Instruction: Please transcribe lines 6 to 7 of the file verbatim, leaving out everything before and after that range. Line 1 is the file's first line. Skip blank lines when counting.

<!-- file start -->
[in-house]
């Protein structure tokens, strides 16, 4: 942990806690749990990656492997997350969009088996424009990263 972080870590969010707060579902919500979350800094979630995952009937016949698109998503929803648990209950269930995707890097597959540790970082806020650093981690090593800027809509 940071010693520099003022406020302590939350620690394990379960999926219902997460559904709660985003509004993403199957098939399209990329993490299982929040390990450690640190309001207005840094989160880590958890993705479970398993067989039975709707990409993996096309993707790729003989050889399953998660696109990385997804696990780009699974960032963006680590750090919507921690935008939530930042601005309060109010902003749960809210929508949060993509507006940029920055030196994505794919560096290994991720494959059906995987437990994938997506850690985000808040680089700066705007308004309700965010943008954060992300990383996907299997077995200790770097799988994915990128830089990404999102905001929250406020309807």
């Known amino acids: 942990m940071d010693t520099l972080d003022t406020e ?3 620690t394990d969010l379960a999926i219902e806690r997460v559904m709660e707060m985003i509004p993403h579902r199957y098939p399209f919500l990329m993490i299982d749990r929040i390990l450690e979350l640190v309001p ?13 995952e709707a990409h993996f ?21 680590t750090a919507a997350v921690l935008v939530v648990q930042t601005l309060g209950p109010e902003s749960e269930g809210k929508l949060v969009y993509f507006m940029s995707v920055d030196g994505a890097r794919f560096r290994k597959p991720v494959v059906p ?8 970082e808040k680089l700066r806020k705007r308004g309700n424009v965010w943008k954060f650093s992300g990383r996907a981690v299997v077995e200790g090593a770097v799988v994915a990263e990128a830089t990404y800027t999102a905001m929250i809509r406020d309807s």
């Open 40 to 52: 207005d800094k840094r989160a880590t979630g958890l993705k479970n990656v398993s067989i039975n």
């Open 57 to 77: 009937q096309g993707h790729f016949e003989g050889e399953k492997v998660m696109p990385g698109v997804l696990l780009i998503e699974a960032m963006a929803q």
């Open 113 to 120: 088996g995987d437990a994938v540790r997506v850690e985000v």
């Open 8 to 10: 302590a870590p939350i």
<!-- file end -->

């Open 113 to 120: 088996g995987d437990a994938v540790r997506v850690e985000v």
């Open 8 to 10: 302590a870590p939350i």